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Starting a home business pitfalls to avoid.Starting a home business often means a radical change in the work environment for most people. This is especially true for those who come out of corporate  or professional workplaces where there are inherent disciplines that keep everything business-like. In fact, the prospect of being freed from some of these workplace disciplines is seen as a major benefit by those thinking of starting a home business. But environment is a powerful influence. In a corporate office, a factory, or a store there is expectation that work is accomplished in these places. In a home, the expectations are quite different. The home is a place where family life happens. The normal work in a home is housework, homework, and yard work. Home is a refuge where one can relax and be rejuvenated for another day in the business world.

Can Your Castle Survive Starting A Home Business

When you make the decision to bring your small home business into your home there are some disciplines necessary to keep you from making a mess of both. Terra Bohlmann, founder of  TheWorkingHouse.com, offers some helpful advice in her blog, 6 Do's and Don'ts of Working From Home. Let's take a look at some of them...
Do: Stay in the land of the living What does this mean? This means getting dressed instead of staying in your pajamas all day. You don’t have to dress up, but you need to change your clothes to switch out of bedtime and into the work day. Secondly, open the curtains. Let the natural light in. Don’t stay cooped up in the dark all day long. Natural light will help keep your mood up and keep you alert. If the weather permits let the fresh air in too. You’re a writer, this doesn’t mean you have to hide yourself away and become a complete slob.
My recent blog post, Are Pajamas Proper Attire For Your Home Business, questioned whether your attire in your home office can be detrimental to your productivity. Here is another I liked...
Do: Take a lunch hour Working for 8 straight hours straight and alone might start to drive you a little nutty. Take a break for lunch each day. Get out for a short walk. Eat lunch in the park. Do some personal reading. Do anything but work. You deserve a break. If you can swing it, meet up with someone else who works from home so that you both get out and have human contact. You’ll feel better for it.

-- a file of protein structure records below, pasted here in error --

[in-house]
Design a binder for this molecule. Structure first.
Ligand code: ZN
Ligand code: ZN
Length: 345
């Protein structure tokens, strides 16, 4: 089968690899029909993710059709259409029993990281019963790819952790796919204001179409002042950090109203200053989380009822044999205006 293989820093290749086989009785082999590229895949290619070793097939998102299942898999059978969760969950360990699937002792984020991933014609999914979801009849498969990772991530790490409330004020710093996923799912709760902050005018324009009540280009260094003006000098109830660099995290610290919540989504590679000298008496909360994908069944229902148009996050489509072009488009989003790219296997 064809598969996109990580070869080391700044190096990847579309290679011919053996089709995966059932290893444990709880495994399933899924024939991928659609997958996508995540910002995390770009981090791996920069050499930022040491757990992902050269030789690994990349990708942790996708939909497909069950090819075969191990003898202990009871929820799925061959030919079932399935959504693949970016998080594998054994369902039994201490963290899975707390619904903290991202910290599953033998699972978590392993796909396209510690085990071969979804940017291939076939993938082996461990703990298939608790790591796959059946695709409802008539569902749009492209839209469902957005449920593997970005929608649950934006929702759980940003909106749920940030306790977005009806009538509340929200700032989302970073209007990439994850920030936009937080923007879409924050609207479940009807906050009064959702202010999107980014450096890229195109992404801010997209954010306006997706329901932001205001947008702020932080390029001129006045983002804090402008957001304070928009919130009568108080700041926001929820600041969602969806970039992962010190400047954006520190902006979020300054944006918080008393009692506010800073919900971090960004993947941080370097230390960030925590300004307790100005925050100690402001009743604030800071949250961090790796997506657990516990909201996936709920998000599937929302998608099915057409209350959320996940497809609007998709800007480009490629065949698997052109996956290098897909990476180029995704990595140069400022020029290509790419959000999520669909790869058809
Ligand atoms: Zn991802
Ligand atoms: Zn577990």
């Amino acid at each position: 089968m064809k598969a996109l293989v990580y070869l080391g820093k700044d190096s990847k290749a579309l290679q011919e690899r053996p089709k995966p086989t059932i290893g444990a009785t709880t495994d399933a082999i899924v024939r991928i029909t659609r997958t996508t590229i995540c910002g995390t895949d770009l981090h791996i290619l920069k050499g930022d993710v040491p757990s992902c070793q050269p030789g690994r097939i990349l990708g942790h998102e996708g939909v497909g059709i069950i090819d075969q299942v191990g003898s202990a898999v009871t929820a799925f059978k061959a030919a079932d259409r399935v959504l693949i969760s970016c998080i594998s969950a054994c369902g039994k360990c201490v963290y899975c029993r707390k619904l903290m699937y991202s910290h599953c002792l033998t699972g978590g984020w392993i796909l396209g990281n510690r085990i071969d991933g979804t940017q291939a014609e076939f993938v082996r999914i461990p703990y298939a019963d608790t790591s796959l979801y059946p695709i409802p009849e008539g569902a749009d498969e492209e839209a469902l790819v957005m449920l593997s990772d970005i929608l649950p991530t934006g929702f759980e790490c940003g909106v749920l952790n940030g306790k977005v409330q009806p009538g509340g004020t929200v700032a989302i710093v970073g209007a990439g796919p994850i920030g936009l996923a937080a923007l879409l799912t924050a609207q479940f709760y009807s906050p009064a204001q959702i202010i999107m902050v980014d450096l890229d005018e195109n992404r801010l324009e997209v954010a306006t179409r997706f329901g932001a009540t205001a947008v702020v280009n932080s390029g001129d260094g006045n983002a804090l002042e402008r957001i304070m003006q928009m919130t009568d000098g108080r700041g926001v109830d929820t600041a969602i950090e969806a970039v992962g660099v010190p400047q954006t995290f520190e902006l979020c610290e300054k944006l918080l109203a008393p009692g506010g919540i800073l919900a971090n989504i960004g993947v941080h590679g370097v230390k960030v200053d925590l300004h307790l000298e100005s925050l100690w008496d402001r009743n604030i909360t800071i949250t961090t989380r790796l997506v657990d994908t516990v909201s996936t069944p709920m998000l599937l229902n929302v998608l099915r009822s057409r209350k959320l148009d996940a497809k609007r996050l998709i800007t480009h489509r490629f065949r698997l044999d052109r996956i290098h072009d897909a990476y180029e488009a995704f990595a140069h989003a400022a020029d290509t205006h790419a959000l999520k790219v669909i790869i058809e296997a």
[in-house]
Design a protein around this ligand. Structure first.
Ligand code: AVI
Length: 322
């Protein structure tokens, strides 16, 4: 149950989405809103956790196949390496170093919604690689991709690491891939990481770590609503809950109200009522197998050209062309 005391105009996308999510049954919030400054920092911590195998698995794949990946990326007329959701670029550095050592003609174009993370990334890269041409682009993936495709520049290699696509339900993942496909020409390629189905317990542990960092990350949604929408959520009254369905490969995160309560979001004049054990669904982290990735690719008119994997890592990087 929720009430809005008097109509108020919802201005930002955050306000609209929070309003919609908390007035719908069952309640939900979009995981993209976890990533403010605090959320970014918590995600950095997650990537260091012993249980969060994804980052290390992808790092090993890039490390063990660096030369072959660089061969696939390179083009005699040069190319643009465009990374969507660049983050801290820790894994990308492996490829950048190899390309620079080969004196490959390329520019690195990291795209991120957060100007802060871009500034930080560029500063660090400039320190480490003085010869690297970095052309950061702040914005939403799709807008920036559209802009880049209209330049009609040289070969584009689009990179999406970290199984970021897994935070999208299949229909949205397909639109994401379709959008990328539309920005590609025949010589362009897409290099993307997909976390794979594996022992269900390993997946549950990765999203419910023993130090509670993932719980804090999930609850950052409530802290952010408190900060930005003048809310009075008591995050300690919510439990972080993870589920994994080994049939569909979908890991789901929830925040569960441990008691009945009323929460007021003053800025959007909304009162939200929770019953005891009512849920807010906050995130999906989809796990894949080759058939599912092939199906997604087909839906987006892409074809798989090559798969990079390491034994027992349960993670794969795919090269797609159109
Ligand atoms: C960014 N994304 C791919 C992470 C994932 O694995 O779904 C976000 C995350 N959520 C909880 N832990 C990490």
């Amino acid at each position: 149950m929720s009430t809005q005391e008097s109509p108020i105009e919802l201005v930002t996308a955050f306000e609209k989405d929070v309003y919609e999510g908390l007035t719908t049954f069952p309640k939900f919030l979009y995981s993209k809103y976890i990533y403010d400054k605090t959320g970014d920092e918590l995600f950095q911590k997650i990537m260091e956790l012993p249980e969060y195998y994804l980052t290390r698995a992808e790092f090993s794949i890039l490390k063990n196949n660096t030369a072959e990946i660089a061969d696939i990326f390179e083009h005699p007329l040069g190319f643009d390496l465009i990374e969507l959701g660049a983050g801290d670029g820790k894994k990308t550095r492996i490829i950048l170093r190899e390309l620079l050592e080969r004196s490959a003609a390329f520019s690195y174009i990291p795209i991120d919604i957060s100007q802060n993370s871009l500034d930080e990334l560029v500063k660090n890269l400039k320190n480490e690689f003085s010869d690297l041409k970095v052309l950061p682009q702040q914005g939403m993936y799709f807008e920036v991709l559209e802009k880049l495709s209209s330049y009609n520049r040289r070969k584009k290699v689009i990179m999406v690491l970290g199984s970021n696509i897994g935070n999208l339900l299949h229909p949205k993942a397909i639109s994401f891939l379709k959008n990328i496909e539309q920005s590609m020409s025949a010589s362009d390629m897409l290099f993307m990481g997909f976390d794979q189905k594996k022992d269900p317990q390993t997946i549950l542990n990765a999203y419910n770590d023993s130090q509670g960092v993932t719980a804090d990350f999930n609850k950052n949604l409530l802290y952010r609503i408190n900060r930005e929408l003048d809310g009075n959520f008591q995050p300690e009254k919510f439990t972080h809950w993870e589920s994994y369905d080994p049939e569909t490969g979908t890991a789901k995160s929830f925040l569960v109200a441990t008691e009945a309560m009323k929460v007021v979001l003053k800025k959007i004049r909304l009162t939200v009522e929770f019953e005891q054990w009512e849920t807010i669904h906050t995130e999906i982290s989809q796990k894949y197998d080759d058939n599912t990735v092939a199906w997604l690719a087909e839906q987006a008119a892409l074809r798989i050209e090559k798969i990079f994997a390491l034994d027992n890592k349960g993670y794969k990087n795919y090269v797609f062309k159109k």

And closely related is this word of advice from Terra...
Don’t: Overwork If you can manage to work efficiently during your work day, you won’t have to work after hours or on weekends. You can spend that time with family and friends. Getting out of the house during your off hours will also help you to work better at home, because you won’t feel as isolated when you are working inside for 8 hours. Staying home and working 24/7 is enough to make anyone crazy.
There is a sense of urgency in starting a home business successfully that drives us to work long hours and the proximity of our home office makes a bit too easy to overdo it. Taking breaks and balancing your work schedule and home life is essential to your health and sanity. The next one is not only important for your productivity but mandatory to satisfy IRS requirements for home office tax deductions.
Do: Have a proper workspace Placing your workspace in the perfect place can make a lot of difference in how productive you are. If you are in or close to the living room or kitchen you may end up doing things such as dishes, vacuuming, watching a little TV, washing windows, laundry. It always seems to be during the work hours that we “remember” all the chores we need to do. Fight this urge by placing your workspace away from tempting areas. No matter where your workspace is though, remember to keep it your workspace. Do what you can to keep it free of unrelated items (I.e. clothes/toys). Get others into respecting your work area as well. You want this to be the place that you feel good going to every morning.
Terra also has helpful tips regarding interruptions that are commonplace for those of us with a work from home business - specifically, personal phone calls and e-mails. I highly recommend your reading Terra Bohlmann's entire article, 6 Do's and Don'ts of Working From Home. To your home business success, Bob Young  
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